OTTAWA — The Supreme Court is being asked to determine whether Canada’s military judges are truly independent.
The request filed on behalf of several service members whose criminal cases are on hold represents the latest — and possibly last — twist in a landmark legal battle whose genesis dates back to 2018, when Canada’s chief military judge was himself charged.
While the fraud case against Col. Mario Dutil was eventually dropped last year, it nonetheless set off a series of events that included a standoff between the rest of the military’s judges and then-defence chief Gen. Jonathan Vance.
That included the four military judges ruling in several cases — since put on hold — that they were not independent because Vance had issued an order placing responsibility for their discipline under another senior officer.
While that position was rejected by the Court Martial Appeal Court in June, the military’s top defence lawyer argues in his submission to the Supreme Court asking it to hear the matter that the military appeal court erred on several counts.
Cmdr. Mark Letourneau, the director of defence counsel services, accused the appeal court of having based its decision on a 30-year-old Supreme Court decision that, in his opinion, all but ignored how the system and military have changed over the intervening decades.
He also argued that it ignored the findings of retired Supreme Court justice Morris Fish’s recent review of the military justice system, whose first recommendation was the appointment of civilian judges to oversee courts martial and end concerns about the judiciary’s independence.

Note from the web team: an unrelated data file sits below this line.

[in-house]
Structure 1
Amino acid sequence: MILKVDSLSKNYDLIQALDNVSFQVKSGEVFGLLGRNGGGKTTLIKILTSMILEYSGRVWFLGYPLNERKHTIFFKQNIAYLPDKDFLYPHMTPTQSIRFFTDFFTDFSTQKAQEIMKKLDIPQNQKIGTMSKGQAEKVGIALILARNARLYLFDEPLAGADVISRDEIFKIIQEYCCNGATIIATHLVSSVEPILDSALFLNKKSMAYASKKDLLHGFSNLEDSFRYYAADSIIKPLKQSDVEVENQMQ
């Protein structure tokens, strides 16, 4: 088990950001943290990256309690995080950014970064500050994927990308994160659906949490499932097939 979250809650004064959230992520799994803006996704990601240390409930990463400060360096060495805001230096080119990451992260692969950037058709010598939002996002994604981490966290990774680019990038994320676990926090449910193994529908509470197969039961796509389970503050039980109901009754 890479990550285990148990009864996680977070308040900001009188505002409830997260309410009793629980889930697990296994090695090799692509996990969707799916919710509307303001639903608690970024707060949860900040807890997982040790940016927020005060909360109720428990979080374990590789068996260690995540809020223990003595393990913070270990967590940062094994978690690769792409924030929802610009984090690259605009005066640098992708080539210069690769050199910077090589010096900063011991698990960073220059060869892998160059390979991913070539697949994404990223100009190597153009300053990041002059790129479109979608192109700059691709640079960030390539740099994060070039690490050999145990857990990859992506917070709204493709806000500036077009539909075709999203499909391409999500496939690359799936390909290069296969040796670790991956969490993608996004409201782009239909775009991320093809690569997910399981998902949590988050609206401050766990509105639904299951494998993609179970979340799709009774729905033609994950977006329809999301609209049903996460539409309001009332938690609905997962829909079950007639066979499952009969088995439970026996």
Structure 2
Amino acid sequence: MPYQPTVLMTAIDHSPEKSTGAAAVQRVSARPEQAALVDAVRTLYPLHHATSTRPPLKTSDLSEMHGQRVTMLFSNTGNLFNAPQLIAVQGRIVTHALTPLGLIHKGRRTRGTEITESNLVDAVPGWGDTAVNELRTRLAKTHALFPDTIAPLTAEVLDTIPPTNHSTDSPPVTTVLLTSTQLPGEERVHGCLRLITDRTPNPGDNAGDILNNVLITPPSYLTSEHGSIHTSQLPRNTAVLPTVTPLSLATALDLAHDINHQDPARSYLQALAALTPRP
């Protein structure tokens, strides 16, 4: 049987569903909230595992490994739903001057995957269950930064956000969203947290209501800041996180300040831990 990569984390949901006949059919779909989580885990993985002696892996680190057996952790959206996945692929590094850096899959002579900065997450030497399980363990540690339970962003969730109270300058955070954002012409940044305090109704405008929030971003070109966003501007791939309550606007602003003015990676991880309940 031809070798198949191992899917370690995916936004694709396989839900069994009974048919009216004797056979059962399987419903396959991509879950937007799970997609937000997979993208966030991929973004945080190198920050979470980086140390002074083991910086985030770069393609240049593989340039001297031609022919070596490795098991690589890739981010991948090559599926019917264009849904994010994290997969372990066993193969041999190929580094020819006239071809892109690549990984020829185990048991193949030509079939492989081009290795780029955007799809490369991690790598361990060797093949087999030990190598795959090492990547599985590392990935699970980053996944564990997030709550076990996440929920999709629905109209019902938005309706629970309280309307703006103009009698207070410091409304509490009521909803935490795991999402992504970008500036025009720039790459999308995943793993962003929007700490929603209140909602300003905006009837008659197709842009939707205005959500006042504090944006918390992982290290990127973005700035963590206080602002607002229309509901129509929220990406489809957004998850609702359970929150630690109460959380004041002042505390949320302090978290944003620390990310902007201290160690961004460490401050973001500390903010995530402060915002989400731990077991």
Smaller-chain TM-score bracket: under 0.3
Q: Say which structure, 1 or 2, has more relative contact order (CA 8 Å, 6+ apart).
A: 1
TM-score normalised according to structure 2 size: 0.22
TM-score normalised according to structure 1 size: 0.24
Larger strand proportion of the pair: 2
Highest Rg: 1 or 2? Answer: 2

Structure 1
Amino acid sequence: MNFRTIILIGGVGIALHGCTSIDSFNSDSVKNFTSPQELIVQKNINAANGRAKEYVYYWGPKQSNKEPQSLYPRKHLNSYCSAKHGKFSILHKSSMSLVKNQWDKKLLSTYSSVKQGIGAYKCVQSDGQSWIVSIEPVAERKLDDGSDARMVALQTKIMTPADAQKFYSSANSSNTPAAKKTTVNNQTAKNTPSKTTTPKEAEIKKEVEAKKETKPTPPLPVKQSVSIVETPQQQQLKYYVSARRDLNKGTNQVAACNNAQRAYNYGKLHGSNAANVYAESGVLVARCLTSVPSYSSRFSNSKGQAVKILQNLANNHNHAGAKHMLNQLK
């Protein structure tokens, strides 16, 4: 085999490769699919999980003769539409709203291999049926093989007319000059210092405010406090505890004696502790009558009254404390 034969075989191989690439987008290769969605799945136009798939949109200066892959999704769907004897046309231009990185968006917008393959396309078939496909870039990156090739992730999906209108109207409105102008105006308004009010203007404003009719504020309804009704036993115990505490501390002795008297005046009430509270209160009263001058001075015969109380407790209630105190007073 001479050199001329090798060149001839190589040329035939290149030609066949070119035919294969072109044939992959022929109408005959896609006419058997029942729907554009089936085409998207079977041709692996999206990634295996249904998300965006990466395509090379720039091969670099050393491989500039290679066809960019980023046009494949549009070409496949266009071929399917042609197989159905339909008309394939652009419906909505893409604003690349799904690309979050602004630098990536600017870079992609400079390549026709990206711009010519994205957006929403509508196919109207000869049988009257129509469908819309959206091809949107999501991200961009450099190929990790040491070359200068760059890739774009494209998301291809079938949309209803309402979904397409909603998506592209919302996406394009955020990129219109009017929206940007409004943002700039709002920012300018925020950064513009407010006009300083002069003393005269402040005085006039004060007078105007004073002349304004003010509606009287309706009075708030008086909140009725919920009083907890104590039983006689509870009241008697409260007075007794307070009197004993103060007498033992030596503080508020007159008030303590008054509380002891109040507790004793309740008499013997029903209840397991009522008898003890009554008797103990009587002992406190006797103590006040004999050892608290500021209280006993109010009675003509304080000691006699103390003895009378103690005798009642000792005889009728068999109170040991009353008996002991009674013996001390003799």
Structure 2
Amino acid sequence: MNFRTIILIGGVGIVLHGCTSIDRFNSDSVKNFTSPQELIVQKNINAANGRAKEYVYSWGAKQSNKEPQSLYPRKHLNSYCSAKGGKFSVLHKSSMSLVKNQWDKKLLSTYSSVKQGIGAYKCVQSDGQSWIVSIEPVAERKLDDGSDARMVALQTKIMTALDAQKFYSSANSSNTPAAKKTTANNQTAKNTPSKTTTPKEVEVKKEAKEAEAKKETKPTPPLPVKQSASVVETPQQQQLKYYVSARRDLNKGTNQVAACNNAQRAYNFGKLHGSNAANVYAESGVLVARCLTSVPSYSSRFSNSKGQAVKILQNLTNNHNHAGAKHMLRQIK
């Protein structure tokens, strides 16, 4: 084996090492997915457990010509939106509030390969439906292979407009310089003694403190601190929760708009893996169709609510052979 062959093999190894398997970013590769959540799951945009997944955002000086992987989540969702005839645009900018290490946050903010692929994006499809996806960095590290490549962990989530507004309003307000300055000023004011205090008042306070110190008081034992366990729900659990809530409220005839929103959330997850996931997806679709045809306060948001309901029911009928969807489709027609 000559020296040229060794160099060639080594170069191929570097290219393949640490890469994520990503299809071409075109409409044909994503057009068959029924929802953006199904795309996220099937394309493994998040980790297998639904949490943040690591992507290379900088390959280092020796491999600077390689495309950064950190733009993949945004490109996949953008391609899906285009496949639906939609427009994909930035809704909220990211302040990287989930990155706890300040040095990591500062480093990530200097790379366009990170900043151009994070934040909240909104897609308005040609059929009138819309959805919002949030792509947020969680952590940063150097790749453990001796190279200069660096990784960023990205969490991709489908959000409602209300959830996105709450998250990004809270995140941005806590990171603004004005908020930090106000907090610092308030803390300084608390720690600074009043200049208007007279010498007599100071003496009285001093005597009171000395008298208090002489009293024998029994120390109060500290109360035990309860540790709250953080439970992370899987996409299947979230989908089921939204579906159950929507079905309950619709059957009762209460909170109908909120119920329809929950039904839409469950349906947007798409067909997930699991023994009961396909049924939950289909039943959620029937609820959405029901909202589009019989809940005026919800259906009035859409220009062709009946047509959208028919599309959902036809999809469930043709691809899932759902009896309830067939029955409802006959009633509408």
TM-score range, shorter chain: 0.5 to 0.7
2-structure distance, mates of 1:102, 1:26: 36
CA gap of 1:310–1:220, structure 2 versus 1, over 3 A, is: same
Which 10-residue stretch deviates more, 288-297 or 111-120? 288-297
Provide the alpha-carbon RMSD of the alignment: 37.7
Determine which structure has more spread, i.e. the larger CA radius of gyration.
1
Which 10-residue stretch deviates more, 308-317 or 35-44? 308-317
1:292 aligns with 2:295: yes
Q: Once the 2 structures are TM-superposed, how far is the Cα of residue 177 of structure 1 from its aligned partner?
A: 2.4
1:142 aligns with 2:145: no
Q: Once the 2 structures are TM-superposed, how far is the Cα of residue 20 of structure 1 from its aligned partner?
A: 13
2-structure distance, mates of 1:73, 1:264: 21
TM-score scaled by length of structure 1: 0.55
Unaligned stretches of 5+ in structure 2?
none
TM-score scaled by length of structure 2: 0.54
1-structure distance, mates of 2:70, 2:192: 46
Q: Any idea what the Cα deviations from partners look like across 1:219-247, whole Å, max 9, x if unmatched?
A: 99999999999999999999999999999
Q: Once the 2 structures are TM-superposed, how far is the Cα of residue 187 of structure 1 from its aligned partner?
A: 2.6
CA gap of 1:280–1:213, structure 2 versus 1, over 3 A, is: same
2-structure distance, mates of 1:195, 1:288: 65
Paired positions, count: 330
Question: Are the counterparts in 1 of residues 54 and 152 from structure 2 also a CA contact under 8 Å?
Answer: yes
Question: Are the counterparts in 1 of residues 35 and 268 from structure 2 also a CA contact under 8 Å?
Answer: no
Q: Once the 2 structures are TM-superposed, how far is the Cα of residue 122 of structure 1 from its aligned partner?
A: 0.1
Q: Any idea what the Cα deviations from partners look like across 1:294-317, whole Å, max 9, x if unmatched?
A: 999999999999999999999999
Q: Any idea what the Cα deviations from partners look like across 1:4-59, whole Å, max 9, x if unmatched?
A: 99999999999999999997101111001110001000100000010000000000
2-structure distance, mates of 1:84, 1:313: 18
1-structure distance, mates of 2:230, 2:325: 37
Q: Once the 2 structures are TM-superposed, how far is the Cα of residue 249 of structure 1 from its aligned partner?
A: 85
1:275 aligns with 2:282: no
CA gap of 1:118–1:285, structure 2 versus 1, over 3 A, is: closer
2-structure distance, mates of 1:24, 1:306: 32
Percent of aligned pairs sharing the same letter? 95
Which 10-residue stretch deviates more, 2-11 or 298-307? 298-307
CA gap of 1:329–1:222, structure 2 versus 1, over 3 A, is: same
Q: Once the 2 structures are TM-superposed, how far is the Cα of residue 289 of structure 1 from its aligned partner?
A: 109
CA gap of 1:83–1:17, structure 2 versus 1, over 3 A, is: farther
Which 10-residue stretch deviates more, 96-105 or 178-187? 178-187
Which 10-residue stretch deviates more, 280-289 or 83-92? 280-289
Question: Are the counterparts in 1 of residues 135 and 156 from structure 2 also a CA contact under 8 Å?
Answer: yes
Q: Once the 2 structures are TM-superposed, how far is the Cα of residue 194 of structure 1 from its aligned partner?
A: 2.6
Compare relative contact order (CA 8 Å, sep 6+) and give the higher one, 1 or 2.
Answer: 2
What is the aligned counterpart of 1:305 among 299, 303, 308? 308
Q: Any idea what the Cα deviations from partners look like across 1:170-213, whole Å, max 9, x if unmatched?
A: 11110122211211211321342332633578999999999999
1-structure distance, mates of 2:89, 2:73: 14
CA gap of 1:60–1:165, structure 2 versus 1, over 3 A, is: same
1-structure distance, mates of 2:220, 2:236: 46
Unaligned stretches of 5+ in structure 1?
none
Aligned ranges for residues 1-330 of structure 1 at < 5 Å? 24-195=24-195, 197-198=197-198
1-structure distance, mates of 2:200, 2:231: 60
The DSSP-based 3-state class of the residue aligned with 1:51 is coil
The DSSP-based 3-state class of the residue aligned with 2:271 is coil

Defence Minister Harjit Sajjan’s office has previously said the government has accepted all 107 of Fish’s recommendations “in principle.”
But the call to civilianize military judges is not one of the 36 that it has committed to implementing immediately, despite Fish having reported that senior military commanders were supportive of such a move.
The office of the director of military prosecutions is due to file a response to Letourneau’s request with the Supreme Court.
The Supreme Court does not have to hear the matter, and can simply dismiss the appeal without giving any reasons.
But in asking it to hear the case, Letourneau argues the legitimacy of the entire system is facing a “crisis,” as evidenced by sexual misconduct allegations against several senior officers, with the current situation undermining the confidence of Canadian troops and the public.
“Military judges now seem more than ever at the mercy of the disciplinary powers of the chain of command while the officers at the top of it appear to be rather exempt,” Letourneau says in his submission, which is written in French.
“On the one hand, the chief military judge was the subject of an abandoned military prosecution … while top CAF officers are the subject of allegations of serious sexual misconduct, publicly described in detail by the complainants without any military prosecution being brought.”
Letourneau’s leave to appeal to the Supreme Court is the latest test to Canada's military justice system, which has been subjected to several largely unsuccessful challenges over its constitutionality.
Dutil’s case was also seen as a major test before it fell apart in March 2020 after his deputy, Lt.-Col. Louis-Vincent d'Auteuil, recused himself and refused to name another military judge to take over, saying two of them had conflicts of interest and the third wasn't bilingual enough.
The chief military judge quietly retired nine days later and the Liberal government has yet to name a replacement.
Retired Supreme Court justice Louise Arbour is conducting her own review on how to stop sexual misconduct in the military, which will also include a review of the court-martial system.
This report by The Canadian Press was first published Oct. 4, 2021.
Lee Berthiaume, The Canadian Press